[For the mathematically sophisticated: I’m going with Wittgenstein and Leopold Kronecker and treating Cantor’s “Paradise” as a delusion. Writing a finite symbol and saying it is infinite is nonsense. No practical procedure can ever realize infinity. I agree with Wittgenstein that the diagonal method is flawed. Somehow this all links back to the real numbers. But not being a professional mathematician, I am in no position to technically argue the point. However, Poincaré in Science and Hypothesis speaks of mathematical thinking as “reasoning by recurrence”. Poincare’s sophistication on this matter led him to reject Cantor. Demonstrably more practical good came from Poincaré than Cantor. In addition, the Hindu ideas are quite clear there is only one infinite (Brahman). To debate the issue further is not something I will do here and may serve as a topic for a future post].

Contrary to the Western notions, to the Hindu mind, actual infinity is literally real and potential infinity is literally unreal.

Actual infinity is called Brahman, and it is spoken of in terms of what it is not. Brahman is not any finite attribute one can imagine. Therefore, even though Brahman is real, in fact the only reality there is, it is not something a finite being can experience or comprehend.

The idea is not confined to Hindus. Nicholas of Cusa described the situation with great beauty and penetrating insight and you should read what he had to say about “Learned Ignorance”.

To the Hindu mind, potential infinity is similar to the Western idea of potential infinity as something that goes on forever: a thing that cannot be thought of, or described, or calculated in a finite way.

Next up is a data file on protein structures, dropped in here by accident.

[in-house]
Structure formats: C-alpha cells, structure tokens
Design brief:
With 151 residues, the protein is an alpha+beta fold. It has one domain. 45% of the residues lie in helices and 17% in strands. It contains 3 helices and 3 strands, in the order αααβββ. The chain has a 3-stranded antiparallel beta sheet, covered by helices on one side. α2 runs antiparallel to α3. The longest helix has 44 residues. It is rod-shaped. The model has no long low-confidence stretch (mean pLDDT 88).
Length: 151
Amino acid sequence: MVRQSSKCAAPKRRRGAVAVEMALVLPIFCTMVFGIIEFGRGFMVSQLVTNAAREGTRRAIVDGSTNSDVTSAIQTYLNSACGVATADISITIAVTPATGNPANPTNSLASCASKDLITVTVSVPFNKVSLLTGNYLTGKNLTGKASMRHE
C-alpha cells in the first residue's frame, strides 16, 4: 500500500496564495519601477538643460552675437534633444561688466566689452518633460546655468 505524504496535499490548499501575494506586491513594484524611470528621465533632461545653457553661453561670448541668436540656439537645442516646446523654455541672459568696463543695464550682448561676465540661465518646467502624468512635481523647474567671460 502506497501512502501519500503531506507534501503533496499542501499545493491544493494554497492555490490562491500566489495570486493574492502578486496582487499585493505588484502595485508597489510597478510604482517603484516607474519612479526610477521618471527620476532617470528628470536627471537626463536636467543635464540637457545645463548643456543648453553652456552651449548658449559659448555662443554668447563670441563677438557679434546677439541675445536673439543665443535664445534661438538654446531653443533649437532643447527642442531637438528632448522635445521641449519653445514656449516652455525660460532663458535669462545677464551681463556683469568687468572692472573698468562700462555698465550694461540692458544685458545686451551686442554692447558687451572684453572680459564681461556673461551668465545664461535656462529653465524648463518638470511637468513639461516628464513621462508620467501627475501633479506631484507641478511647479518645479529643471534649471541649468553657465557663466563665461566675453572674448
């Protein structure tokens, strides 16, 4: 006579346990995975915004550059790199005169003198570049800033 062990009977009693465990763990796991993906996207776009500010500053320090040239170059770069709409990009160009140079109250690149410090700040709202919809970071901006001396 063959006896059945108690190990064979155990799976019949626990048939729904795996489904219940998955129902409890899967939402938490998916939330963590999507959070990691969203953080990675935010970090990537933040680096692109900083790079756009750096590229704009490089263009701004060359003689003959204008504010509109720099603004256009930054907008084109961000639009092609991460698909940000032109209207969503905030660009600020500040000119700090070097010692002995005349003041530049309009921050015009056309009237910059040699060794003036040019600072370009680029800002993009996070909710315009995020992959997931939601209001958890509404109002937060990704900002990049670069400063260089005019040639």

In the simplest of terms, any approach to infinity, any potential infinity, is always a process or procedure that can, in principle, repeat forever, like adding 1 to the previous number to generate the counting numbers.

This is the well-known idea of an algorithm: a series of steps that generates an output. Some algorithms have a finite number of steps. Others, such as counting by 1, can go on forever. The algorithm is the real thing (by “real” I mean “it exists” and am not referring to real numbers). If an algorithm repeats forever, its output, some potential infinity, is also real. But the actual infinity implied by the algorithm is not real; it is not something that can be made to exist.

But while potential infinity is real for Westerners, it is the very definition of unreal for the Hindu mind. The Hindu word for potential infinity is “Maya”, which is translated in a variety of ways: magic, illusion, Mother, measure, ma = “man”, the measure of all things.

The latter, “measure”, from the root “ma-”(the source of the word “man”), is perhaps the clearest because it implies the essence of the idea: that which is relative. Where Brahman is absolute, Maya is relative.

The Relative
Man is the measure of all things. Things are bigger or smaller than us; faster or slower than we move, heavier or lighter than we can lift, brighter or darker than we can see, louder or quieter than we can hear, and so on. “Ma”, “man” “measure”, “maya”.

Relative means that the thing only makes sense in comparison to something else of like quality but different quantity. We cannot know what “bigger” means unless there is something of a different size. We cannot know what is good unless we know evil. We cannot know what is intelligent unless we know what is ignorant.